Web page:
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Trickster’s Path

March 18, 2018

TawfikTrickster(1)If one tries to consider Tawfiq ‘Ukasha as a counterreactionary populist demagogue, (as do the few journalists and political scientists who mention him at all), the bizarre rises and falls of his career are hard to explain. Ultimately he falls foul of every social movement in Egypt, even the returning military regime he once advocated for.

But if one considers him a trickster, as Walter Armbrust suggests, his volatile rises and falls, about-faces and self-reinventions make more sense.

Last May (2017), ‘Ukasha was fined EGP 5,000 and sentenced to one year in prison forging his PhD degree on official electoral documents. It turns out that the university he claimed to have gotten his degree from does not, in fact, exist.

Nobody would have noticed the discrepancy if ‘Ukasha, as an MP from Daqahlia, had not already drawn attention to himself by violating a longtime parliamentary boycott of Israel by inviting Israeli ambassador Haim Koren for a meal at his residence in Daqahlia. According to Egypt Independent:

Okasha said that he wanted to discuss various important issues with the Israeli diplomat, including the issue of Palestine and negotiations over Ethiopia’s controversial Renaissance Dam project.

Tricksters in myth are loutish, puffed up with boasts and lies, ravenous for foolery. They are at once gods and animals, defying structural order and social logic. If there are rules, ‘Ukasha has to challenge them, cross the boundaries, push the borders because that’s what tricksters do.

For example, back in 2016, ‘Ukasha’s Al-Faraeen television station went off the air in the middle of the show “Mubashar Misr” [Egypt Live]. According to news reports, the station had failed to pay its bills to state-affiliated Egyptian Media Production City (EMPC), where it is videotaped.

This was apparently no surprise to viewers of al-Faraeen because ‘Ukasha had announced on the air that he had no intention of paying the bill, both on principle, and because he needed the money to run for Parliament.

According to news reports, ‘Ukasha spent EGP 242,000 to fund his run in parliamentary elections, and these costs were covered out of the channel’s debt. ‘Ukasha announced his intention to  close the Faraeen Channel and sell it, and let the new owner take over whatever debt was owed to EMPC.

Since al-Faraeen was essentially a personality-driven vehicle for ‘Ukasha, it was never sold, and went off the air.

But ‘Ukasha wasn’t just defaulting on debt–he was playing the part of trickster again. Al-Faraeen was a highly popular show with a very high audience share–but it failed to get advertising revenues commensurate with its popularity.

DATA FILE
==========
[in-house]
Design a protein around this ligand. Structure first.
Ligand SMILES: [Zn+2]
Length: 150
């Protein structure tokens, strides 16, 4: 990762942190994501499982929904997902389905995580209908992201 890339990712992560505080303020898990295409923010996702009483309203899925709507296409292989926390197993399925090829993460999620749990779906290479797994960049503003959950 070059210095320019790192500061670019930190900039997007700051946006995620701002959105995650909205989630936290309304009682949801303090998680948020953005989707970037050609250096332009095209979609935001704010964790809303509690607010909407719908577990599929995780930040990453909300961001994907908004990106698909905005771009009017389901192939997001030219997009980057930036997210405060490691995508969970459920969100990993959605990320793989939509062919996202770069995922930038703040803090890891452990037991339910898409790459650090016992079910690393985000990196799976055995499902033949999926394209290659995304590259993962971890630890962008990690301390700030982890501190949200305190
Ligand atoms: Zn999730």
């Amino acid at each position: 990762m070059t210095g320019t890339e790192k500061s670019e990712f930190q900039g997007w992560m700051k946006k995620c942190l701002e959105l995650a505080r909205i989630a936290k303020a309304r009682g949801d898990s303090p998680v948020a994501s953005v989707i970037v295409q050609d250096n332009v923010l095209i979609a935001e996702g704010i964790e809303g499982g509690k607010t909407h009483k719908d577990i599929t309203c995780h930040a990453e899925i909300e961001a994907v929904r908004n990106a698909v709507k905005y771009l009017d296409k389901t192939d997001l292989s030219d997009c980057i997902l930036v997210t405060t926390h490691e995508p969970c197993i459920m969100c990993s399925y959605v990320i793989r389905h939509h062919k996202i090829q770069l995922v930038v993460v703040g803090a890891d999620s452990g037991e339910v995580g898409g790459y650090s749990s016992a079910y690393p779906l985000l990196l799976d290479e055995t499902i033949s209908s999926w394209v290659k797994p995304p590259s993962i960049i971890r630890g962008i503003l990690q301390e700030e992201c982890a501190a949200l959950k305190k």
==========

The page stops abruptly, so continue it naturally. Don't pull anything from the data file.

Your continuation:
As Dr. Mahmoud Alamuddin of Cairo University told Al-Quds al-Arabi

The closing of the channel for lack of funds reflects two things. Firstly that televised media is suffering from political monopoly, and secondly that the political view affects its revenues from advertisements, even if it is widely watched…”

 

In other word, advertisers stayed away because Tawfiq ‘Uqasha is a controversial, and hence politically chancy risk. So Tawfiq stuck the political establishment with the bill, using the money he saved to join the political establishment as an MP.

In his excellent paper “Notes towards an anthropology of political revolutions,” Bjørn Thomassen suggests that revolutions inevitably provide environments in which Tricksters thrive. But it is seven years since Tahrir Square, and as the current regime seeks to bring all aspects of Egyptian society, including media and Parliament, under its direct control, it has little patience for tricksters, even those ostensibly on its side. When ‘Ukasha emerges from prison he’ll have neither television station nor political office as a springboard for his shenanigans.

And yet, somehow, I doubt we have heard the last of him…

References

2015 Closing of Faraeen channel due to debt, Okasha to sell it…” Al-Quds Al-Arabi, Oct. 29

2017. Tawfiq Okasha sentenced to 1 year in prison for forging PhD certificate. Al-Masry al-Yom, May 10.

Badreen, Bassam. 2015. “From Tawfik Akacha to Reham Saeed: Obsessive Compulsive behavior…Al-Quds Al-Arabi, Nov. 2

Thomassen, Bjørn. 2012. “Notes towards an anthropology of political revolutions.” Comparative Studies in Society and History 54(3): 679-706.

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3 Comments leave one →
  1. March 20, 2018 3:04 am

    This is a fascinating post and I’m very grateful for the reference to “Notes towards an anthropology of political revolutions” by Bjørn Thomassen. I thought you might want to take a look at an Anthropology News article just out by Giacomo Loperfido: What Can Anthropology Say about Populism? It seems there might be a connection between Loperfido on contemporary demagogues and Thomassen on tricksters?

    • March 20, 2018 5:21 am

      Very interesting. Thanks for the head’s up. I’ll certainly look at it.

    • N Sherbini permalink
      May 29, 2018 3:56 pm

      Impeccable analysis! Thank you for the insight – I have been trying to get through this issue from the start but gave up in the end! With this, it now makes perfect sense.

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